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Diversity, Equity, and Inclusion

This page collates DEI resources for people working in the CMU University Libraries

Mission Statement

The Inclusive Description working group was formed in 2021 in response to the Carnegie Mellon University Libraries 2020-2025 Diversity, Equity & Inclusion Strategic Plan’s call to address offensive and outdated historical language used in describing collection materials found in the libraries’ catalog, archival description, and digital collection. 

We acknowledge that descriptive standards, the unconscious biases of staff, and institutional biases have led to descriptions that may be dated, harmful, and offensive to members of marginalized communities. We are committed to implementing restorative practices to remediate past actions that have described or portrayed these communities in harmful and inaccurate ways. Using the values outlined below, we aim to revise the libraries’ cataloging and archival descriptions to be more inclusive and less harmful. 


  • Cultural Competency: “the ability to function with awareness, knowledge, and interpersonal skill when engaging people of different backgrounds, assumptions, beliefs, values, and behaviors.”
  • Inclusivity: 
  • Commitment and accountability: We understand that the work of inclusive and ethical description is a continuous endeavor and that descriptive terminology is constantly evolving. 
  • Transparency: We want our colleagues and users to know what we are doing to address the harmful and outdated language in our collections. Transparency sparks and enables collaboration, and ensures we can be held accountable.
  • Collaboration: We feel strongly that collaboration with our stakeholders (both inside and outside of the libraries) is vital to the success of this project and the libraries commitment to diversity, equity and inclusion. 


  • Raise awareness in the library
  • Create a roadmap to address offensive and outdated language used in describing collection materials found in the libraries’ catalog, archival description, and digital collection.


The cataloging team is responsible for creating and maintaining catalog records to enable discovery and access for a variety of resources acquired by the library for use by the CMU community. This work includes utilizing and modifying records shared by other libraries, as well as the creation of original records to be shared with the library community based on national and international descriptive standards. Our team is committed to identifying and replacing harmful, offensive, and outdated terminology found in the subject headings of older records within our library catalog by using the most current controlled subject access vocabularies and thesauri available to us. We are also investigating ways to ensure the currency of our bibliographic data as ongoing revisions are made to established vocabularies to optimize the discoverability and accessibility of our resources. Feel free to reach out to Mike Herzog (Cataloging and Metadata Specialist),, with any questions or concerns.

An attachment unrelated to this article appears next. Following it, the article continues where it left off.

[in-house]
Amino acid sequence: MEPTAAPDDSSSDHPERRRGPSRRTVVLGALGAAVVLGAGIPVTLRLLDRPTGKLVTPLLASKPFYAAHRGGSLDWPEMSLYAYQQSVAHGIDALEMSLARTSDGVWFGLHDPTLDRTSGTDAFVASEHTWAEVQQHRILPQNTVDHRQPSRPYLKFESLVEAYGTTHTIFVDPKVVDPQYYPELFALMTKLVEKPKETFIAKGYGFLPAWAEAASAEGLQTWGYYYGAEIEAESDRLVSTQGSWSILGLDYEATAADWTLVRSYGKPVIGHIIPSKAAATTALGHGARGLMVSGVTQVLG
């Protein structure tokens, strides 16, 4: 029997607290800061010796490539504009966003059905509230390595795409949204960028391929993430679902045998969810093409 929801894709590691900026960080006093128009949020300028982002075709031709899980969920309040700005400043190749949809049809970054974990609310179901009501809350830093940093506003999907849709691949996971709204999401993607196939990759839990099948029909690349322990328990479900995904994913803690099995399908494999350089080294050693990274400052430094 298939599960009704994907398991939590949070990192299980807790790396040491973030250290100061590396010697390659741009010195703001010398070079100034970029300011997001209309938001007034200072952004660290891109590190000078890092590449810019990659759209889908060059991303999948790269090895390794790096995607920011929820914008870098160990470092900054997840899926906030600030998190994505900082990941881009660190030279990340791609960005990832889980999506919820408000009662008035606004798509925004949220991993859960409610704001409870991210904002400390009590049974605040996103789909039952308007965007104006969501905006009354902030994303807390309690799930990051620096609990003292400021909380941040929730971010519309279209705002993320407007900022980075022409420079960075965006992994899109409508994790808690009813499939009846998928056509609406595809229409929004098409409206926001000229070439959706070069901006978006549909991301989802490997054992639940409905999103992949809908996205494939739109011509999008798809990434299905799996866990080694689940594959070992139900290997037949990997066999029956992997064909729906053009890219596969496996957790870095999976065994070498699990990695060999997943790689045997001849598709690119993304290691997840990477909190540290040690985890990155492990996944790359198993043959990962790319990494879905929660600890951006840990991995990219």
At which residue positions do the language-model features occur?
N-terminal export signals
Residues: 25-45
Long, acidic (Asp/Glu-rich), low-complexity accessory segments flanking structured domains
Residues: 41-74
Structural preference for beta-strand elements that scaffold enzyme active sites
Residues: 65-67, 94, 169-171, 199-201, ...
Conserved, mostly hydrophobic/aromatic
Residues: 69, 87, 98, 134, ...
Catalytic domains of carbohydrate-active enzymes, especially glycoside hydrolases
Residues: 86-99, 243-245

University Archives

The University Archives is responsible for stewarding the history and legacy of Carnegie Mellon University. As Archivists, we preserve, organize, describe, and make accessible records that have enduring value to the institution, its alumni, and researchers. As part of this process, in collaboration with the Metadata Specialist we make decisions about what language to use and how to describe individuals, groups, and communities in a way that will allow researchers to find relevant materials.  Problematic language found in our finding aids may originate from language used by the record creator, or might have been unintentionally created by archivists or staff. The original language used by creators is often reflected by Archivists during this process to add historical context. For example, we may choose to keep the original folder assigned by the creator. We also acknowledge that archives are not neutral and that this process is ongoing. 

When describing the digital objects in these collections -- including historical publications and rare books -- we use “controlled vocabularies” maintained by external bodies. These controlled vocabularies and other traditional descriptive practices such as Library of Congress Subject Headings can be outdated, biased, and problematic, especially for marginalized peoples. 

What are the University Libraries Doing to Remediate Outdated, Harmful, and Offensive Language?
The University Libraries is committed to the remediation of historical descriptive language and the work of critical cataloging. We are in the process of developing guidelines for remediating harmful descriptions and updating finding aids to include warnings for collections with sensitive materials. You can contact Crystal Johnson, Community Collections Processing Archivist at

Working group membership